Fujitsu’s Senior-Focused Smartphone Is A Thoughtful Use Of Android That Tucks Away Complexity

stylistic-homescreen-2

Japanese electronics company Fujitsu has taken its time pushing beyond its home smartphone market. The company is best known for slick, slender high end smartphones in Japan but earlier this month it announced a European play — eschewing the crowded top tier of devices in favour of a niche in the seniors space, with a custom skinned Android-based smartphone. The Stylistic S-01 is designed to be easier for older people to use. Fujitsu is bringing the device to France in partnership with France Telecom/Orange in June but was showing it off at Mobile World Congress, where we went hands on.

Now Fujitsu is not the first to enter the senior mobile space. Other established players include Emporia, which basically makes simplified feature phones, and Doro, which makes a mix of devices (including dabbling in tablet software). Doro was showing off its own Android-based seniors phone at MWC last year so, again, Fujitsu is a follower here too. But late to the party though it is, it has crafted what feels like a solid and well thought through first offering.

The handset has a rubberised coating to add grip and more curves than the sleek, slick high end smartphones du jour so rests nicely on the palm and feels less inclined to take a tumble than the average slab phone. On the front, there’s a clearly labelled home button below the 4 inch touchscreen. The button is slightly convex making it stand out so it’s easy to press. The buttons on the side of the device — power and volume up & down keys on one side, plus a dedicated camera key on the other — are also labelled (albeit with icons). These keys are raised slightly but don’t feel like they stick out enough to press accidentally.

Click to view slideshow.

Fujitsu has made the Stylistic S-01′s capacitive touchscreen deliberately less sensitive to cut back on erroneous key presses for a target group of users which isn’t likely to be as dexterous as the average mobile owner. The screen didn’t feel awkwardly unresponsive during my hands on but on-screen buttons did sometimes need a more deliberate press — which seems like a reassuring feature for the intended user-base.

There are a couple of odd hardware touches. The Micro USB port sits behind a cover which has to be prised off with a fingernail. The cover has likely been included because the phone is dust and waterproof but it does mean that accessing the charging port isn’t as easy as it could be.

The phone is also equipped with an alarm — in case of emergencies. This makes a loud noise to alert people in the vicinity that the owner is in trouble and also dials out pre-chosen contacts. The alarm is located on the back of the device, to the left of the camera lens. The physical switch is rather small and again has to be pushed out with a fingernail or similar. Of course it’s no good having the alarm go off accidentally but in an emergency it could prove a little difficult to activate.

Android but not as you know it

Moving on to the software, this is where the phone really stands out from the Android crowd, thanks to a simplified custom UI that foregrounds key functions, tucks away complexity and does a spot of thoughtful hand-holding — with help buttons and guides and even a phone manual included on the device. The homescreen is divided up into large, clearly labelled icons that decrease in size as you scroll down to reach functions that are likely to be accessed less. The two largest buttons are the call button, and the phonebook (a much more senior-friendly way to describe contacts).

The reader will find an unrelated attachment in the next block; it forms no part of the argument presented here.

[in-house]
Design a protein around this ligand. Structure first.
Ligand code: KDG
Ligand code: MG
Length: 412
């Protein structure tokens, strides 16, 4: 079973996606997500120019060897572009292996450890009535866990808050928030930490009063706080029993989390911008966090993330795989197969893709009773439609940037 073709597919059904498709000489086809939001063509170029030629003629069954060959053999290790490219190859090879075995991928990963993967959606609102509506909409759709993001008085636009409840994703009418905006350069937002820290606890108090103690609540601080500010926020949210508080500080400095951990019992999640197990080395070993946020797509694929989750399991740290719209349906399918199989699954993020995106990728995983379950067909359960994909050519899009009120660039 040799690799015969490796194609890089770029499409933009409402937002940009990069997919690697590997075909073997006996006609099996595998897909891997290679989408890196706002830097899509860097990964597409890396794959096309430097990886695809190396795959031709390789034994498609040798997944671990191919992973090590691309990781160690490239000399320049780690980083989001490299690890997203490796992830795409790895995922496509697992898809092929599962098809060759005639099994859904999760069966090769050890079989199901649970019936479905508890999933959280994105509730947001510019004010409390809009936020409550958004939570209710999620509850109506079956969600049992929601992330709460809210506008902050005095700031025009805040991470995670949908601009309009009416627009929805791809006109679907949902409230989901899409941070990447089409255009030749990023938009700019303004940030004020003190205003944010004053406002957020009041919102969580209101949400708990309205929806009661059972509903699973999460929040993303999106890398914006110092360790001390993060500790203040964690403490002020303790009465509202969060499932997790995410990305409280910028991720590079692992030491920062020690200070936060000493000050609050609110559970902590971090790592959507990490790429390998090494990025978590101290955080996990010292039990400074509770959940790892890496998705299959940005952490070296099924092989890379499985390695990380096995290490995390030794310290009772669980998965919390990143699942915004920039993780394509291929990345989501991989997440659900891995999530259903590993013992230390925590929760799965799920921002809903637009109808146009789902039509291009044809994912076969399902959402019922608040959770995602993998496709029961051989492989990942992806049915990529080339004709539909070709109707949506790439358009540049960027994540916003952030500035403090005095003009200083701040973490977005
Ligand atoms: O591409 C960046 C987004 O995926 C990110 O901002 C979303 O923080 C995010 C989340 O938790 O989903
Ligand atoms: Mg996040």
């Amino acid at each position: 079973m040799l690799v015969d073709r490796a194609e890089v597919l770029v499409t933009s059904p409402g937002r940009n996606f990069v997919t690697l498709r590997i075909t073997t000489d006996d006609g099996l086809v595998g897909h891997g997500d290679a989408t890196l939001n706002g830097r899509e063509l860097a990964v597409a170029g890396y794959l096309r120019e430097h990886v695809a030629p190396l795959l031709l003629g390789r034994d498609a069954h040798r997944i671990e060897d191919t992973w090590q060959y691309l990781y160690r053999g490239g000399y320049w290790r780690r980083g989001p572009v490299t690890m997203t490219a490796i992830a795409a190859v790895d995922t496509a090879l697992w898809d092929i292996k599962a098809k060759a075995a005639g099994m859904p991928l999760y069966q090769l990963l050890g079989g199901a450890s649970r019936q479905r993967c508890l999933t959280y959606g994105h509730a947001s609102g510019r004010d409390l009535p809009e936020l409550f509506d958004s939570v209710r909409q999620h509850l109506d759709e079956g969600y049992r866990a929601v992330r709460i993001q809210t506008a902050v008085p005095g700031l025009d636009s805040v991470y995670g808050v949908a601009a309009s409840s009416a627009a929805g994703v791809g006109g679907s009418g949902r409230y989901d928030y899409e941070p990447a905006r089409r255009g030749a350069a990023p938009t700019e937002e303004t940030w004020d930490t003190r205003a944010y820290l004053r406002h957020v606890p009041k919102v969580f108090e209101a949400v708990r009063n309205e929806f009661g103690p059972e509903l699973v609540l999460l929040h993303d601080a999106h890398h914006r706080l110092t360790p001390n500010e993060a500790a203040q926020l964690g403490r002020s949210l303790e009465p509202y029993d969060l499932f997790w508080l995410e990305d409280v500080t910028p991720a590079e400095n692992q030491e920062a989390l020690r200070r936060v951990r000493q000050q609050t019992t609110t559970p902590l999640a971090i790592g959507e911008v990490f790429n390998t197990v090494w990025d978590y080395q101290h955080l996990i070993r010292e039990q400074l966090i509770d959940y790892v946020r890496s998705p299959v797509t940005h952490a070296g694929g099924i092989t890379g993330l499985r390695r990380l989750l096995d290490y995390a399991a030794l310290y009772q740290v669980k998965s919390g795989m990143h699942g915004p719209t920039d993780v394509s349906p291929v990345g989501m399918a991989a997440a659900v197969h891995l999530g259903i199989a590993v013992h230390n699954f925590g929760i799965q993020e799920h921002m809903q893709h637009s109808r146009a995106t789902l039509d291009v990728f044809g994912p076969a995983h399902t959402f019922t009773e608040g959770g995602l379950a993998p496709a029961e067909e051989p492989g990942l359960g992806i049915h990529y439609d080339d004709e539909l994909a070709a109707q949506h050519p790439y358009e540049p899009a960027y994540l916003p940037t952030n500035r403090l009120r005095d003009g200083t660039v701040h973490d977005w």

Messages and email also appear on screen at the top of the homescreen, along with three numbered buttons that can be pre-set with specific functions for quick access. Scroll further down and there’s an info widget displaying news updates and weather. Below that, there are a variety of phone functions laid out in a grid of squares — and again clearly labelled. These include Internet, camera, maps, video, gallery, a help forum and a manual. The only button that stands out as slightly obtuse is the one labelled ‘Play Store’ (thanks Google).

Android apps can be downloaded to the phone via the Play Store, or via a ‘download apps’ button. Other preloaded apps are tucked away under ‘More applications’ and ‘Orange services’ — so although the phone has been simplified, the functionality has not been removed entirely. Rather they are cleared out of harm’s way until the user feels confident enough to drill a little deeper.

There are lots of thoughtful little touches in the design, such as the Phonebook app being made to resemble a traditional filofax, and the button called ‘My number’ to help users out who can’t remember their phone number. The gallery also includes a ‘Take a picture’ button, to steer anyone who went into the gallery looking for the camera in the right direction. The back button is also clearly labelled with the word ‘back’ — rather than having a cryptic symbol to confuse people. And the browser has a question mark button at the top which leads to a help page to explain the browsing process for first time mobile web users.

Elsewhere apps are nicely stripped down, simplified and clearly labelled — such as the camera app, which has just a camera button and a flash toggle button, and the dialler app which has two folder-style tabs to show either a dial option, or history (for call log). Time has clearly been well spent by the UI designer figuring out an intelligent way to layer a smartphone for a senior user-base that will probably feel most comfortable taking small steps away from telephones in order to get to know smartphones.

Click to view slideshow.

TechCrunch » Gadgets

Fujitsu’s Senior-Focused Smartphone Is A Thoughtful Use Of Android That Tucks Away Complexity

stylistic-homescreen-2

Japanese electronics company Fujitsu has taken its time pushing beyond its home smartphone market. The company is best known for slick, slender high end smartphones in Japan but earlier this month it announced a European play — eschewing the crowded top tier of devices in favour of a niche in the seniors space, with a custom skinned Android-based smartphone. The Stylistic S-01 is designed to be easier for older people to use. Fujitsu is bringing the device to France in partnership with France Telecom/Orange in June but was showing it off at Mobile World Congress, where we went hands on.

Now Fujitsu is not the first to enter the senior mobile space. Other established players include Emporia, which basically makes simplified feature phones, and Doro, which makes a mix of devices (including dabbling in tablet software). Doro was showing off its own Android-based seniors phone at MWC last year so, again, Fujitsu is a follower here too. But late to the party though it is, it has crafted what feels like a solid and well thought through first offering.